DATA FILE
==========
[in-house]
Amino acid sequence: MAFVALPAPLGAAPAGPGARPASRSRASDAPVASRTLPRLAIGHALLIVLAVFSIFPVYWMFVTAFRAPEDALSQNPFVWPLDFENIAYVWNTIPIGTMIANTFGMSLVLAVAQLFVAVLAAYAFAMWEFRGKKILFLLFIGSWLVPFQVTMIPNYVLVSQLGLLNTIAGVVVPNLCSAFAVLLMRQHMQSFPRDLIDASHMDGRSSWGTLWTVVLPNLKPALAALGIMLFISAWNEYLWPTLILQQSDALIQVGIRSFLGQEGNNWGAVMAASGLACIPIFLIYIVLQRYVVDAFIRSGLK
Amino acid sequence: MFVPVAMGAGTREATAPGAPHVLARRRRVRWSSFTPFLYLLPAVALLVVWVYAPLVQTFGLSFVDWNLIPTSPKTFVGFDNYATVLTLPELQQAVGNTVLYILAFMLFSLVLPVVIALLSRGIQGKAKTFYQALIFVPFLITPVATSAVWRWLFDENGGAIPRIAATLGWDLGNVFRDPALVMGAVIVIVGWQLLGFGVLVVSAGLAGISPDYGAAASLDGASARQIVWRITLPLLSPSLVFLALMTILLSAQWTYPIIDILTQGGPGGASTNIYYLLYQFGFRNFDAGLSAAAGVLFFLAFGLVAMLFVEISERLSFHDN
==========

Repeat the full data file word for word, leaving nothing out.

[in-house]
Amino acid sequence: MAFVALPAPLGAAPAGPGARPASRSRASDAPVASRTLPRLAIGHALLIVLAVFSIFPVYWMFVTAFRAPEDALSQNPFVWPLDFENIAYVWNTIPIGTMIANTFGMSLVLAVAQLFVAVLAAYAFAMWEFRGKKILFLLFIGSWLVPFQVTMIPNYVLVSQLGLLNTIAGVVVPNLCSAFAVLLMRQHMQSFPRDLIDASHMDGRSSWGTLWTVVLPNLKPALAALGIMLFISAWNEYLWPTLILQQSDALIQVGIRSFLGQEGNNWGAVMAASGLACIPIFLIYIVLQRYVVDAFIRSGLK
Amino acid sequence: MFVPVAMGAGTREATAPGAPHVLARRRRVRWSSFTPFLYLLPAVALLVVWVYAPLVQTFGLSFVDWNLIPTSPKTFVGFDNYATVLTLPELQQAVGNTVLYILAFMLFSLVLPVVIALLSRGIQGKAKTFYQALIFVPFLITPVATSAVWRWLFDENGGAIPRIAATLGWDLGNVFRDPALVMGAVIVIVGWQLLGFGVLVVSAGLAGISPDYGAAASLDGASARQIVWRITLPLLSPSLVFLALMTILLSAQWTYPIIDILTQGGPGGASTNIYYLLYQFGFRNFDAGLSAAAGVLFFLAFGLVAMLFVEISERLSFHDN